Was the 137Cs contained in Saharan dust deposited across Europe in March 2022 emitted by French nuclear tests in Algeria? - CEA - Commissariat à l’énergie atomique et aux énergies alternatives Access content directly
Conference Poster Year : 2023

Was the 137Cs contained in Saharan dust deposited across Europe in March 2022 emitted by French nuclear tests in Algeria?

Charlotte Skonieczny


Air masses loaded with mineral dust and originating from the Sahara arrive frequently in Europe, which has multiple impacts on global and regional cycles. However, the occurrence of these processes may further accelerate in the future in response to climate change, and more knowledge is therefore required on the characteristics of the particles transported during these massive dust transport and deposition episodes. Furthermore, questions arise regarding the content of this dust in radionuclides, in relationship with the atmospheric nuclear bomb testing conducted around the world between the 1950s and the 1970s in general, and those tests conducted by France in the Sahara in the early 1960s in particular. The Saharan dust episode that took place from 13 to 16 March 2022 led to the occurrence of dense dust deposition across multiple European countries, which raised concerns among the population regarding the potential radioactivity content of this dust. To address this question with a representative sample set, a participative science campaign to collect dust across Europe was launched on Twitter on 17 March 2022. Thanks to this initiative, 110 dust samples could be collected along a transect from Southern Spain to Austria. This unique sample bank was regrouped at University Paris-Saclay, France, to conduct a set of physico-chemical analyses on a selection or on the totality of these dust samples including particle size, colourimetry, mineralogy and fallout radionuclides. Backward trajectories of air masses that have led to these deposits were calculated, and this analysis confirm their potential origin from Algeria. 137Cs was detected in all dust samples, with variable activity concentrations. A strong relationship was found between the particle size of the analysed particles and the 137Cs activity concentrations, which is consistent with the literature on this topic. Particle size was found to decrease with increasing distances from the source. The colour and mineralogy analyses demonstrated that the dust collected in Austria showed different properties than those samples collected in Spain, France, Luxembourg and Germany, which likely indicates that this material did not fully consist of Saharan dust deposited during the March 2022 episode. Accordingly, the following interpretations did not take the properties of Austrian dust into account. The mineralogical analyses confirmed the potential origin of the dust from the Maghreb region, including a vast area in Southern Morocco and Southern Algeria. In contrast, the analysis of plutonium isotopic ratios (240Pu/239Pu) and 137Cs/239+240Pu activity ratios, which provide diagnosis tools to investigate the source of artificial radionuclides, in a selection of dust samples collected between Southern Spain and Luxembourg showed that the dust signature was consistent with that of the global fallout largely dominated by the nuclear tests conducted by the USA and the Soviet Union. The 137Cs contained in the dust transported and deposited during this episode was therefore very likely not associated with the French nuclear tests conducted in the early 1960s in Sahara. In the future, elemental geochemistry analyses will provide additional information on their source provenance. All results will also be published in open-access database and disseminated to the public.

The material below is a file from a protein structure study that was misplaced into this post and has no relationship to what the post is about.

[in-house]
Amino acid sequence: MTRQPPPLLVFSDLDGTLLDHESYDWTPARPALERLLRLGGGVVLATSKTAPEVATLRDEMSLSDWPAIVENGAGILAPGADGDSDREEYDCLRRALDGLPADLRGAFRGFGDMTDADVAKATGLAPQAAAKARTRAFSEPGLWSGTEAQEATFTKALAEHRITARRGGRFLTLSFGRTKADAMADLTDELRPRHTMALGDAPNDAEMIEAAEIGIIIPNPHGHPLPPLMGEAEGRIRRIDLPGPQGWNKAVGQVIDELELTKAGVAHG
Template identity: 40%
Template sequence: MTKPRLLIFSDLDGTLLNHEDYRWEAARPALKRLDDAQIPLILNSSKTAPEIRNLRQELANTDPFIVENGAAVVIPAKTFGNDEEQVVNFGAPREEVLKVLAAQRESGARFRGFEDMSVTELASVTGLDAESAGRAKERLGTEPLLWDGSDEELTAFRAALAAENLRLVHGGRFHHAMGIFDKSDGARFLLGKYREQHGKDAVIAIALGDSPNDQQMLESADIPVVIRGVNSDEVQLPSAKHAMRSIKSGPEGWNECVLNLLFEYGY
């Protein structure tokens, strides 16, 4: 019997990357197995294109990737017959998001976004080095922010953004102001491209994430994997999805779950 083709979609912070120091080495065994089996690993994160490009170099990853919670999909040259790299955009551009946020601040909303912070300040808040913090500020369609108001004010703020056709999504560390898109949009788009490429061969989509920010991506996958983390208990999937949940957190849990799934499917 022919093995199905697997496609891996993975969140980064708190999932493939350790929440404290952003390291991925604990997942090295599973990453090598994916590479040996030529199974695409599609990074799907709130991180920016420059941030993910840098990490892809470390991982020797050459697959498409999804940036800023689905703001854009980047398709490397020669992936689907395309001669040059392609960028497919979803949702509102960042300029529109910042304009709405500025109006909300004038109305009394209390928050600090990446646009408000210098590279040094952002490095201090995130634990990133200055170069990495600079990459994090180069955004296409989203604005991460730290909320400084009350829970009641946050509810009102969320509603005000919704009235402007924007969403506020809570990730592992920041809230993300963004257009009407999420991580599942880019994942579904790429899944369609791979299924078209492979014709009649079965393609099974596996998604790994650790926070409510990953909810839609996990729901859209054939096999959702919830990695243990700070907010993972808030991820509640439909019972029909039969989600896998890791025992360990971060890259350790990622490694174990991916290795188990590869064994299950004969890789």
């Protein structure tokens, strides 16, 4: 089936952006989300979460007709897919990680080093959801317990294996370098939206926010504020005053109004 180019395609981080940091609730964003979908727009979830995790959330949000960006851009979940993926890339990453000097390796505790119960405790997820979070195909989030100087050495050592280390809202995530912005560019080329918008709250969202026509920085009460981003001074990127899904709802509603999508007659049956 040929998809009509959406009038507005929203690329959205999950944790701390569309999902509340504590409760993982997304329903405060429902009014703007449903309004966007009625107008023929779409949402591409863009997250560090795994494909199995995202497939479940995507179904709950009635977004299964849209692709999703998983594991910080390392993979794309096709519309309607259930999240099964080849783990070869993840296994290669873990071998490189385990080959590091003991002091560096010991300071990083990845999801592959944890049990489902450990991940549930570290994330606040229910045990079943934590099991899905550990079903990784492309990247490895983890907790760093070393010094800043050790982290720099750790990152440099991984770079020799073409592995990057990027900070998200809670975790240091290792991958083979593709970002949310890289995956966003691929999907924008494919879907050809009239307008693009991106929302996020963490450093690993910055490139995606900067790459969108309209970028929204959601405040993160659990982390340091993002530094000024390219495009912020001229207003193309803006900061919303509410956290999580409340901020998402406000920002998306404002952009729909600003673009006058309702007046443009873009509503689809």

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Dates and versions

cea-04078065 , version 1 (22-04-2023)



Olivier Evrard, Octave Bryskere, Charlotte Skonieczny, Anthony Foucher, Rémi Bizeul, et al.. Was the 137Cs contained in Saharan dust deposited across Europe in March 2022 emitted by French nuclear tests in Algeria?. European Geoscience Union General Assembly 2023, Apr 2023, Vienne (Autriche), Austria. 2023, ⟨10.5194/egusphere-egu23-1303⟩. ⟨cea-04078065⟩
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